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  1. I rescued the last kerbal with my rescue pod carrier and then brought the whole thing down safely. It did tip over on landing, but nothing was damaged. I also noticed a launch window for Eeloo approaching on KAC and decided to send a probe. Kerbal Alarm Clock said I had 9 days, but when I checked on Alex Moon's launch window planner, it showed that I was already past the optimal window. I decided to launch a probe immediately while I could still get a reasonably efficient transfer rather than waiting another year for the next window. I just grabbed a probe design I had with a full set of scientific instruments/survey gear and lots of dV. I probably should have left the solar panels off, but it does have RTGs for power at that distant planet. Despite the low TWR, I was able to get an Eeloo intercept with a long transfer burn and a small (30 m/s) correction.
  2. If you look at the big table about halfway down the page below, it has the EC cost to transmit the various experiments. If you're doing an atmosphere scan of Jool, that's 2000. The next most expensive is the gravity scan at 600. I agree you probably won't have enough time to recharge a probe entering Jool's atmosphere, so I would pack enough battery to transmit everything in one go onto that one. https://wiki.kerbalspaceprogram.com/wiki/Science
  3. I sent a crew to hunt down the last couple of anomalies in the southern polar region of the Mun. I've tried (and failed) to find these before, but thanks to a new higher resolution scan I had more accurate waypoints to go by. It turned out I needed almost all of the 4000 m/s dV on the lander to visit both and return to the station in equatorial orbit. And I rescued a kerbal from Kerbin orbit. After a safe re-entry, Wilneny became the 47th kerbonaut in my program. This was the last rescue pod. The mother ship can grab one more kerbal and that will probably be the last addition.
  4. Today was a momentous occasion as the final two ships left for the Duna expedition. First the Duna Express, piloted by a single kerbal, will be responsible for returning the crew safely after they finish their mission. Then the Duna Explorer with the main crew left about a day later. In total, there are 5 ships currently en route to Duna. I'm going to start wrapping things up in the Kerbin SOI and focusing on interplanetary missions more now just so that I'll actually get to them in some reasonable amount of time. Back on Kerbin, the Kerbin Flyer explored a couple of anomalies. First, the dessert temple. Then a monolith in the mountains west of KSC: I launched a giant monstrosity of a liquid fuel tanker. This is something I might need for future interplanetary missions than need LF-based engines for longer range. On another ship, I had a bad Kraken attack while refueling. The refueling rover and ship were fine when I left, but when I shifted focus back, this happened. All I can think is that there must have been an angle between the rover and the ship, and when I switched over it put the lander wheels below ground. Luckily no kerbals were killed, so I just deleted the old rover and used ALT-F12 to replace it.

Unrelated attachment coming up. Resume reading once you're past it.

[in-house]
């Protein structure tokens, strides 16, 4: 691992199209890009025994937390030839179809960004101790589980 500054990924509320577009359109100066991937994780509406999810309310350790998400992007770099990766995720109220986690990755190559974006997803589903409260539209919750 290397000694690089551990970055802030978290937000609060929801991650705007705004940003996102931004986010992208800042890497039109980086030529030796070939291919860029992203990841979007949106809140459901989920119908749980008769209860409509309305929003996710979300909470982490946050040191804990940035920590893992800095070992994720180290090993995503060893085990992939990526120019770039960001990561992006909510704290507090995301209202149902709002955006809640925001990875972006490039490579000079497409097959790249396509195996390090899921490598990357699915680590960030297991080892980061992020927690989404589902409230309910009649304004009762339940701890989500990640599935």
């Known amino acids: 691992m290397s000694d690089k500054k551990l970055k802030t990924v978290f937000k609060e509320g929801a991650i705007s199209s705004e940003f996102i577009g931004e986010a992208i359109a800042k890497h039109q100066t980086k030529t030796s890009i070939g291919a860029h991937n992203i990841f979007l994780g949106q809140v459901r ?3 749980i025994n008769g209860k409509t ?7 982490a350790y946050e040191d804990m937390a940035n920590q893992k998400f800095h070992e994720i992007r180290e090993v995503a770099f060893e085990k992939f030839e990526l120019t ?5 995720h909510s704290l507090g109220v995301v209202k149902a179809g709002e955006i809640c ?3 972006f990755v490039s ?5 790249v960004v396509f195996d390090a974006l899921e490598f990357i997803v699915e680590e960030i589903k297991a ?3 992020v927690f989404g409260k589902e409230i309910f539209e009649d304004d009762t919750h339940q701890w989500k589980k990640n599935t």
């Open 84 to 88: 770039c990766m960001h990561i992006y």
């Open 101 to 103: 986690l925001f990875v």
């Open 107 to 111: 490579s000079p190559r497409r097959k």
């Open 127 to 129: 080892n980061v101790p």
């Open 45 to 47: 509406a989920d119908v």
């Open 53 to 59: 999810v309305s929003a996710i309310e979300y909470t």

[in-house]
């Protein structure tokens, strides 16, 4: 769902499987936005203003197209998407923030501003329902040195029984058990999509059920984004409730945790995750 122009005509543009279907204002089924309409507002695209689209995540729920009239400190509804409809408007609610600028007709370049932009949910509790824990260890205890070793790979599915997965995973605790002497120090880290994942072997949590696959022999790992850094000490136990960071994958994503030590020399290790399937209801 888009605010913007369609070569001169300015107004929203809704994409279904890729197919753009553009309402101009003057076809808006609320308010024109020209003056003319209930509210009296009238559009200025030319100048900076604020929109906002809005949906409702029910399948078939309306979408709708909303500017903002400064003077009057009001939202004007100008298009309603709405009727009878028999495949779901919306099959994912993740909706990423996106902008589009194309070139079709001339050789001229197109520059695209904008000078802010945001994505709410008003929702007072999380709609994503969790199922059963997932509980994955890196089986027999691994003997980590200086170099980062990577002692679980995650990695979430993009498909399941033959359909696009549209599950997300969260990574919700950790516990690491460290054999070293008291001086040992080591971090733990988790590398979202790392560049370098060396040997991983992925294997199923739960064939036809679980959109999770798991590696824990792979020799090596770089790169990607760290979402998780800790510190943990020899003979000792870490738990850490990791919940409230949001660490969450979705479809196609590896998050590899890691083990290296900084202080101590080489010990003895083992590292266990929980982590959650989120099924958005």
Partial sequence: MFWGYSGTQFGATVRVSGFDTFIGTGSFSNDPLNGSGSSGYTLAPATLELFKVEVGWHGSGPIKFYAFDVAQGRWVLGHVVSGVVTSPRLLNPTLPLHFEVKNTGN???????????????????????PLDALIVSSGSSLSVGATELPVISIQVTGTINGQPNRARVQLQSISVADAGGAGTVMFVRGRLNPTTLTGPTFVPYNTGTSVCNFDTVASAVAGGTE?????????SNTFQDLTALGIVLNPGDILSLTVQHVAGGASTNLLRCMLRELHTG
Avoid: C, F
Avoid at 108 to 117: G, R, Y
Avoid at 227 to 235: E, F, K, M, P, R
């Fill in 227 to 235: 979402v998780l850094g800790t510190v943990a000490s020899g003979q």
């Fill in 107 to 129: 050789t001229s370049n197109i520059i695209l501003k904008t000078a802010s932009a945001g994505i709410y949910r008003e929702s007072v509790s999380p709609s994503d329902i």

5. I'll try to put some numbers to it and see if that helps. I normally use RCS for one of two things: docking and fine adjustments to maneuvers. In both situations, it's pretty rare that I want to make an adjustment of more than 1 m/s. Doing that over the course of say 10 seconds would be good, so that gives an acceleration of 0.1 m/s per second. In terms of TWR, divide by 9.8 and you get around 0.01. That 10 seconds is pretty arbitrary, so really anything with a TWR of say 0.001 to 0.1 would probably be tolerable. A single RCS thruster block gives 1 kN of thrust. F=ma --> a = F/m so 1 kN will give 1 m/s per second to a 1 ton spacecraft. Normally I mount my RCS blocks using 4-way symmetry and I assume most others do. That would give 4 kN for movement forward/backward. So 4 RCS blocks would give 0.1 m/s for a 40 ton spaceship, 1 m/s for a 4 ton craft, and 0.01 m/s at 400 tons. At the lower mass end, you might not need RCS at all, or you can use fine control to lower the thrust. At the high mass limit, you might consider using Vernor Engines instead. They use LF/Ox instead of Monoprop, and they only thrust in one direction, but they provide 12 kN each. Anyway, that 4-400 ton range probably covers the vast majority of spacecraft people use for docking or orbital maneuvers, so "just slap on some RCS blocks and go with it" works fine in most cases.
  6. I rescued a couple more kerbals for the space program today, including Doodmon Kerman. I think at some point I'll have to have a mission with Doodmon, Doodbro, and Billy-Bobmund Kerman just for the laughs. My Atlas XL asteroid catcher latched onto a Class A asteroid. At only 5.7 tons they mined it dry in less than a minute. The husk was put into a highly elliptical orbit around Kerbin to fulfill a contract and then abandoned. I think the crew have been in that cockpit for about 120 days now so I'll send them back to Kerbin for some R&R and counseling. I took the Winterlance up for a flight to return a kerbal to KSC and almost managed to land on the runway. Almost. The plane skidded off the runway and nearly collided with those tanks in the background, but hit a berm first and jumped over them. Except for the loss of the docking port and some cleaning of the seats it was intact. And finally, I launched the Duna Explorer which consists of the lander, a station, and a transfer stage/fuel tanker. The Duna Explorer refueled at KEO Station and is now awaiting the launch window to depart for Duna in a couple of days.
  7. Busy day. I rescued a couple of stranded kerbals around Minmus and Kerbin. I'm going to continue rescuing kerbals until all the rescue pods on the carrier are used up. By then, I should have around 50 total. I can't see ever needing more than that even with several interplanetary missions going at once. Landed on the Mun to fulfill a contract and check out an anomaly that turned out to be another munar arch. Then I sent Jeb and Bill hurtling off towards Duna in the first kerbed mission to another planet. They'll take the ISRU rover to Ike and refuel the transport stage to serve as a fuel tanker for the lander that will follow in a couple of weeks. And I sent a bunch of newie kerbals on a course to leave the Kerbin SOI so they could get their third star. As soon as they left the Kerbin SOI they promptly reversed course and headed back towards KEO Station. I also launched the Duna Express which will be the crew return vessel for the Duna mission.